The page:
California investors may have heard that a U.S. court has ruled that Lilly has intellectual property protection for the drug Alimta until 2022. The decision is the latest win for the drug manufacturer in its long-running patent battle with rival Teva over the popular lung cancer drug.
August 2015 Archives
In negotiating a contract, a California business owner may find that an agreement with a subsidiary of a company should also involve that entity's parent company as a party to minimize the potential for issues such as breach of contract. A recent case that reached the U.S. Court of Appeals for the 7th Circuit involved a suit against a parent company that was not a party to the actual contract in question.
California is home to some of the nation's most innovative companies, and their success is often based largely on their intellectual property. Studies have found that intangible assets account for most of a company's value, and for businesses just starting out, such assets are often the difference between success and failure. Startup businesses often find it difficult to qualify for conventional financing, and they may also have a difficult time getting venture capitalists to back them if they have not taken adequate steps to protect their intellectual property.
Many businesses in California use social media to promote the products and services that they offer to customers. Although it is very common for Twitter and Facebook users to repost social media content, business owners may be able to protect their posts from redistribution. Intellectual property laws such as the Digital Millennium Copyright Act have been used to prevent social media users from passing off someone else's content as their own.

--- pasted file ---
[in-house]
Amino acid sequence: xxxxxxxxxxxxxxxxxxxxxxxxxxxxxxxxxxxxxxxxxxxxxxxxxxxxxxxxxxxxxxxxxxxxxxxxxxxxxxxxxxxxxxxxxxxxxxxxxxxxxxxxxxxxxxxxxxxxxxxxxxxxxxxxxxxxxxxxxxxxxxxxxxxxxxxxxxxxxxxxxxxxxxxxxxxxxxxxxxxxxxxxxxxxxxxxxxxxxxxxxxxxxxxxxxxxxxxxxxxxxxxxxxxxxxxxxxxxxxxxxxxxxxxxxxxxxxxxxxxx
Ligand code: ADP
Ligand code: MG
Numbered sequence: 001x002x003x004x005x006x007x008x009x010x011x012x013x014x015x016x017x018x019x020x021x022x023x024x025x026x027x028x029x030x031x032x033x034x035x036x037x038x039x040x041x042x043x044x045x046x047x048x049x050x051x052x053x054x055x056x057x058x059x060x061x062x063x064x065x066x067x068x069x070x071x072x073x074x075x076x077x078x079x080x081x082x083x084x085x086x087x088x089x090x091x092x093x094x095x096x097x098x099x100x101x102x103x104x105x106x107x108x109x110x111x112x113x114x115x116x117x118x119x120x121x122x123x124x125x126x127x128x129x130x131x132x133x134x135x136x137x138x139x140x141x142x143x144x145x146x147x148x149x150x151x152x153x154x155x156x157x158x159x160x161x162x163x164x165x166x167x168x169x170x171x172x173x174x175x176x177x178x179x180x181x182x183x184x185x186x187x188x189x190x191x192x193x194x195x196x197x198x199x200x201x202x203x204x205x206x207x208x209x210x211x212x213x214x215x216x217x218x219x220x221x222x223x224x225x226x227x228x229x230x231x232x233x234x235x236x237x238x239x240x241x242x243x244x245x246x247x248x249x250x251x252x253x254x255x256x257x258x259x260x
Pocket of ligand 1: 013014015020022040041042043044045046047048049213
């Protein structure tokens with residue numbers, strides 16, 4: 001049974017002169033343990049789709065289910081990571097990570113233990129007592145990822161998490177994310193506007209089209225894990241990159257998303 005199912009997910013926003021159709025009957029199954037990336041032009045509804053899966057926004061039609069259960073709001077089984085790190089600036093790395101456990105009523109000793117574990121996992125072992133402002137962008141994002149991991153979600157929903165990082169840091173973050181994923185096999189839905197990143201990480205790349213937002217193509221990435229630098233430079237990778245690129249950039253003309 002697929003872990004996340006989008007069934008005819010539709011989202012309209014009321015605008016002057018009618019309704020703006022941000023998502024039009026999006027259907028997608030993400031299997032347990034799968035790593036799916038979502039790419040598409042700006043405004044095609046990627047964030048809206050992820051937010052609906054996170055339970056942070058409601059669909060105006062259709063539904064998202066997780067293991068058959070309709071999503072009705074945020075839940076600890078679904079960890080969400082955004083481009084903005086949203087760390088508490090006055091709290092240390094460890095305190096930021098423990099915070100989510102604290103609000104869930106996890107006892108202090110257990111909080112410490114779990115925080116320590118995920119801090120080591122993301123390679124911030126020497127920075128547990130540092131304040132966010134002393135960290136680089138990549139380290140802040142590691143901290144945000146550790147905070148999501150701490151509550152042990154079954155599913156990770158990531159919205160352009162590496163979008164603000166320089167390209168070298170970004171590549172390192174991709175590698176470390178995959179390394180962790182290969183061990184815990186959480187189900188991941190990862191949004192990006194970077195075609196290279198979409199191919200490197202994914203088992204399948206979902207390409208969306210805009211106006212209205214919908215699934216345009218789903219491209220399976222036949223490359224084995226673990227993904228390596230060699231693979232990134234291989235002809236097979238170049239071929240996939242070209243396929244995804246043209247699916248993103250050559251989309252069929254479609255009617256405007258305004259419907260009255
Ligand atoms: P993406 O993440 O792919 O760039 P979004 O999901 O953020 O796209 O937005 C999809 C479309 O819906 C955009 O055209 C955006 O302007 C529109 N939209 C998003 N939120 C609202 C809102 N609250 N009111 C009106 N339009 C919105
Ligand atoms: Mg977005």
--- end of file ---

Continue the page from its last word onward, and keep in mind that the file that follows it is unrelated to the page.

California is home to many of the world's most innovative technology companies, and investors are often eager to purchase shares when a Silicon Valley icon holds an initial public offering. Facebook grew from humble beginnings to become a social media giant, and its May 2012 IPO saw the firm's market value surge to over $100 billion. Facebook was the biggest IPO in Internet history, but some investors soon soured on the Menlo Park company.